So you shifted, once, you shifted from a Wikipedia version of yourself, which is a content site. That’s essentially what you have is a content site. That had some ads for looking on it, and now you’re a travel search site, essentially.
Hotel search. How do you then begin to iterate? You talk about being a liquid company so now you’re doing that. You went public on this premise, the idea that you need hotel search. And you’re global now, you now compete against ... Who would be your biggest competitors at this point? Besides Google?
I don’t know. I would say Google.
Google is definitely the largest competitor so I don’t see another competitor there really in our space. I think nobody really tries to be a competitor of ours.
Why is that?
Why is that? So the space is, basically, on one hand you have the shops — and I speak about Hotels.com, it’s basically a shop, right? So they have a limited amount of availability of hotels on their website and they’re selling room nights. Like Expedia, like Hotels.com, like Booking.com, and so on and so on. They only have access to a very limited set of inventory, yeah? So that is a cool value proposition because you own the customer. They want to own the customer, that’s great. We don’t own the customer.
On the other side, you’re losing out, because if you’re a search, you’re always losing out and showing an inferior search result. Structurally inferior. Why that is? Because you can only show parts of the hotels. Parts of the inventory. You never have the full overview. So you never have all the inventory.
And we are very agnostic and very independent in a way that we want to show everything. So we want to build just a marketplace and everybody should come in and everybody should show their rates on Trivago and we are agnostic where the user goes at the end. So we show him the cheapest price, but if he wants to go somewhere else, that’s fine too.
So if they have a strong brand that people always will want to book with that brand, that’s good, right? They just should see that there’s a price difference and they should take a decision. So we just want to have transparency. That is a very clear statement: We never want to be a shop. We never want to sell people something. That is also engraved in the culture of the company, for the empowerment.
So you’re a mini Google, essentially. So you’re trying, in a lot of ways, you don’t care where they go once they use your service.
Actually we don’t look so much outside, so we never wanted to be like somebody. We don’t want to be like Google, or like somebody else. We always tried to find our own solutions to problems.
Okay. When we get back we’re going to check where not just the hotel, but the travel industry is going. There have been a lot of changes and things like Airbnb, and Kayak, and all the others, and I’d like to get some sense of where you think this is going, going forward. And how people get their information about travel because it is shifting pretty dramatically with mobile and social and other ways.
I’m here today with Rolf Shrömgens, he’s the CEO of Trivago, which is a hotel search engine. We’re talking about the issues around search. But I think we’re gonna talk about the larger issues around travel, and where it’s going. It’s shifted really dramatically over the past couple years with the ascendance of Airbnb and all kinds of apps, and mapping, and things like that. Can you talk a little bit about the larger picture of where it’s going? Is it gonna have lots of these different services or apps, and we’re gonna use them, or is there something else brewing?
I think it’s interesting to think about, but I don’t see that much of a dramatic shift. I think that to the outside, the shift looks more dramatic because, basically, Airbnb got lots of attention, right? But if you’re looking at it really more rationally, then you see that Airbnb is still making up a very, very small percentage of the hotel market.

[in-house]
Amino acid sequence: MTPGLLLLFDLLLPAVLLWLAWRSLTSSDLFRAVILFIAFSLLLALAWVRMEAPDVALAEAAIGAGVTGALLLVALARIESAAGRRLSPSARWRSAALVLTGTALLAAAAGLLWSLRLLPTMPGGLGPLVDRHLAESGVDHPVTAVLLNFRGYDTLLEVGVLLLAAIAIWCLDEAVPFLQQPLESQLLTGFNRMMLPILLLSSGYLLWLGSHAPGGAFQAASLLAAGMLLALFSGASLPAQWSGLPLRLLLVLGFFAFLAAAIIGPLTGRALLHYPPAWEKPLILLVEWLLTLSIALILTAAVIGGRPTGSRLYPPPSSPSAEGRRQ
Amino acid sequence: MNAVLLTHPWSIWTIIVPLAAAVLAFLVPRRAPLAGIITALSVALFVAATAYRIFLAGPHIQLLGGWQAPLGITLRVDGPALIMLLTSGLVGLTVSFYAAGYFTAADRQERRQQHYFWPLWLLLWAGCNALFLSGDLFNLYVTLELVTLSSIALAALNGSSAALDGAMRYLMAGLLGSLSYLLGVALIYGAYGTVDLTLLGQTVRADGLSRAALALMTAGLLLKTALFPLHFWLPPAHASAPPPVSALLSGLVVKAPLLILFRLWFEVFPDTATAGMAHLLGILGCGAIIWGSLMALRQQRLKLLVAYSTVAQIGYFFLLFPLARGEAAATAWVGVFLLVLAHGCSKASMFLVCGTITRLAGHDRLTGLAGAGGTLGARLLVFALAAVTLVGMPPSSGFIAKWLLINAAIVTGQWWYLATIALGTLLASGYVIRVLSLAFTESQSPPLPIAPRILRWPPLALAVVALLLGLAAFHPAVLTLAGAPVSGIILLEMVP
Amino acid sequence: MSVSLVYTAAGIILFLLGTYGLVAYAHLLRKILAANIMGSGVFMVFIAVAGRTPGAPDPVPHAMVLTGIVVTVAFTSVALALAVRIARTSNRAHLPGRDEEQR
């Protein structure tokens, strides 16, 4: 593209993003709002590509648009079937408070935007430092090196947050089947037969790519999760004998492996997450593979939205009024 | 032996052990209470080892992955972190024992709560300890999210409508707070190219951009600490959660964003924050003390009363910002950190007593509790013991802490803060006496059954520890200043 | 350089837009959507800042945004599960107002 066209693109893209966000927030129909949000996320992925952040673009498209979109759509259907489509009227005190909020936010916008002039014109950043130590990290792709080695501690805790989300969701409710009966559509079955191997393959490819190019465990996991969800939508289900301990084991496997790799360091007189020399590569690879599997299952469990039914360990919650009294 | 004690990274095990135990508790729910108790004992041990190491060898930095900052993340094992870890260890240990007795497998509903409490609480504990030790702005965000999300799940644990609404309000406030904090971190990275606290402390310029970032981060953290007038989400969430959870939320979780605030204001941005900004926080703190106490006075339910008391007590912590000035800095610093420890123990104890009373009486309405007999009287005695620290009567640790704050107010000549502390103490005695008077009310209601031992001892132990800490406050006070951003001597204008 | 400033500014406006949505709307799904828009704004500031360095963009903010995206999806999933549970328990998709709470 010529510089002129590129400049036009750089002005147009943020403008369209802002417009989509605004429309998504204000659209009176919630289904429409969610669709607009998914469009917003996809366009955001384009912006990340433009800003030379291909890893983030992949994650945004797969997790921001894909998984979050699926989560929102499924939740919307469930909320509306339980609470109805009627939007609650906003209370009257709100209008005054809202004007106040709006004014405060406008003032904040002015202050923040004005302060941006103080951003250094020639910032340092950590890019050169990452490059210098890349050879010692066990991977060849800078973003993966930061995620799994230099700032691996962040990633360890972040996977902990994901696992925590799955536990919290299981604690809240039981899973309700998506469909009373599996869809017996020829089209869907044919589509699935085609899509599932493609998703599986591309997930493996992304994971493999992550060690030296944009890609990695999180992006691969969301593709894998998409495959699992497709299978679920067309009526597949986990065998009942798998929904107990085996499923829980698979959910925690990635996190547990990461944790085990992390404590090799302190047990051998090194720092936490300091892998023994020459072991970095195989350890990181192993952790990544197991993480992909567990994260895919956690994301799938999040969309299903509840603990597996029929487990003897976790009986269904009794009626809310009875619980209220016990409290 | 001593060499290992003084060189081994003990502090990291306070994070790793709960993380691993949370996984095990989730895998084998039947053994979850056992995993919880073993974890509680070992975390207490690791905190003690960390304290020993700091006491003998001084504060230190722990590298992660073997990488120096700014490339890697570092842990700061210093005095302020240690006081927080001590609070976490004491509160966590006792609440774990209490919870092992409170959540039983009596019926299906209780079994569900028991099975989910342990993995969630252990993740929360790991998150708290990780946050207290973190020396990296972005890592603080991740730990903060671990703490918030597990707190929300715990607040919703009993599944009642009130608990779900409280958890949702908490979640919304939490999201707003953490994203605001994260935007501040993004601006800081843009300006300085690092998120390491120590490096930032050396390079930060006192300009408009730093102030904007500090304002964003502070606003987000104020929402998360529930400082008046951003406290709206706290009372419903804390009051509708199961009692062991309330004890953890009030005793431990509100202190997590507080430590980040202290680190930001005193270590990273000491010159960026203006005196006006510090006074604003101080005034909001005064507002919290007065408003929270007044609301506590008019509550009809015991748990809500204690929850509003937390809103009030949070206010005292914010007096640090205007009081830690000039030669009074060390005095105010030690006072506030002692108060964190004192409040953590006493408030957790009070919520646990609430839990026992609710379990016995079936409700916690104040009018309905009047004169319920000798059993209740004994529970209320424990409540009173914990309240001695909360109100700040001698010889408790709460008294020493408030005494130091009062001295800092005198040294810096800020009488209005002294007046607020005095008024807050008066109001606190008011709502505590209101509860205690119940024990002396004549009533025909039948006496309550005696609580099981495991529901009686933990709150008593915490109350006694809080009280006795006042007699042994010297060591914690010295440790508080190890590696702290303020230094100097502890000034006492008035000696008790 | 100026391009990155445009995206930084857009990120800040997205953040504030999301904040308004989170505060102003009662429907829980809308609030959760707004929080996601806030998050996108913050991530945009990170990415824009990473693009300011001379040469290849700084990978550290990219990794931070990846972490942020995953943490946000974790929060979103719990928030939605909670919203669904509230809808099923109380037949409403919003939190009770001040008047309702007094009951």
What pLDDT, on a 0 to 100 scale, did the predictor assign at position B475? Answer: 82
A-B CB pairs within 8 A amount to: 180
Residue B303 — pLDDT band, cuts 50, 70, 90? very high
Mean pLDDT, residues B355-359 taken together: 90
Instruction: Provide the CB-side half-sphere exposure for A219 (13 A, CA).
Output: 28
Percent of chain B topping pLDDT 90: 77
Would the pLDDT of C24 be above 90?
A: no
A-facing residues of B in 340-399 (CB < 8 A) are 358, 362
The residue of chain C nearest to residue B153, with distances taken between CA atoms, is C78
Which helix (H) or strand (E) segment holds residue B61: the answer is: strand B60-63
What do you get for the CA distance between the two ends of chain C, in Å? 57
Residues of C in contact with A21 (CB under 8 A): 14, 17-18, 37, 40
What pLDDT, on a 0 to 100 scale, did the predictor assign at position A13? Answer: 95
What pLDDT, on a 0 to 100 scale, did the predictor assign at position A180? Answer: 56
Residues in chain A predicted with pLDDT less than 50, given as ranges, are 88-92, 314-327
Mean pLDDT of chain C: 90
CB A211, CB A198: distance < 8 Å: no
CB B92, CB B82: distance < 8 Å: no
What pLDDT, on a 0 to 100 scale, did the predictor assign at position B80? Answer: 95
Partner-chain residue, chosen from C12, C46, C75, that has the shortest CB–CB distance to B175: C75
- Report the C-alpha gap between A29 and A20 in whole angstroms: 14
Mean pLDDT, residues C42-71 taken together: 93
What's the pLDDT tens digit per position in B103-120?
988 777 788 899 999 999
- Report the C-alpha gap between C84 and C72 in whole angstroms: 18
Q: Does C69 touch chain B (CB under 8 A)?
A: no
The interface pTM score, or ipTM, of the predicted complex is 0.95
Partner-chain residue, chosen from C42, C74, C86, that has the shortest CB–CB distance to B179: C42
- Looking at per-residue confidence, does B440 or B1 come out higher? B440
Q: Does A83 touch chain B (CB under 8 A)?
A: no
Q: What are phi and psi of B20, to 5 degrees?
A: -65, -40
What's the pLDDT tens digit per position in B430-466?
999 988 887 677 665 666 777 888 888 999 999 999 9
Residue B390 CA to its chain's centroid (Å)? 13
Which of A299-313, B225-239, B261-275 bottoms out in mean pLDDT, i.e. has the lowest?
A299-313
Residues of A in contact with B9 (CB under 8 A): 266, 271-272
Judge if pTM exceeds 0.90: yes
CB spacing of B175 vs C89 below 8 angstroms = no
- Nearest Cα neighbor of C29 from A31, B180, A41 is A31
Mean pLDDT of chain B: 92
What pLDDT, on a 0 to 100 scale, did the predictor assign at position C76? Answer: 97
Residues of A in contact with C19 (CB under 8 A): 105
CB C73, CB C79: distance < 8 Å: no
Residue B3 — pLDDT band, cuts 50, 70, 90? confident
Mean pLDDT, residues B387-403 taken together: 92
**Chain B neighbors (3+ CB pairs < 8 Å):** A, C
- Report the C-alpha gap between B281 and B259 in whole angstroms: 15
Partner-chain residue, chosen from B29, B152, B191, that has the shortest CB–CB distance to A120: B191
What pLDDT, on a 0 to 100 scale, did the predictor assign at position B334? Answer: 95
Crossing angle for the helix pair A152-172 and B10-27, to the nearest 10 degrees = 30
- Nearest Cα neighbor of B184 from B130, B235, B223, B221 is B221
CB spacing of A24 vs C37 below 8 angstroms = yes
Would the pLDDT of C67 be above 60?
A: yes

And that doesn’t mean that it’s not a very interesting direction where we will move to. It’s just, the shift is probably less dramatic than it might seem from the outside. And I think, at the end, I think it’s a very artificial kind of separation of saying, “This is a hotel, and this is an apartment house, and this is a private apartment, and so on and so on.”
So I don’t see the difference ... I don’t believe in a world in the future where we will have categories like, “This is a hotel, and this is whatever.” So that’s one thing. I don’t believe in a world that has categories. And building a continuum of basically substitutable services. So the need is, “I want to stay the night, or several nights, in a place.” So that’s what you want to do. That’s a need. Whatever solves that problem is fine. It could be Airbnb, it could be HomeAway, or it could be Booking.com, or whatever. And I think that’s the approach that we’re taking. So whatever we sent you that’s fine, right? So we want to solve that problem. We want to solve the problem getting into the ideal place for you.
Right. You have just hotels in your search right now, not Airbnb.
Yeah, we don’t have Airbnb right now in, but we have private apartments in more and more. And the thing is, that’s a very classical thing. So we have lots of traffic, but at the end, the shelf space, basically, all aside, is still limited. So it’s really hard to ... If you want to have a Hilton hotel, and you have, I don’t know, 1,000 rooms in a Hilton hotel, and put it next to an Airbnb apartment, it’s quite tricky, actually, in terms of commercialization. So basically what helps us here is ... What we don’t believe in is things like tapped resources or ...
What’s this mean?
This means tapped, basically, you can choose either to go to hotels and then you can choose to go to a private apartment.
I see. Yeah.
So, basically, why should people do that, right? They can go to Airbnb directly and so on. That’s not the solution for the problem. The solution for the problem is that if I find out that you would book a private apartment and that would be a great option for you, you should see that. And you should see that directly in the result. If you’re only booking a private apartment, basically that should be the only result.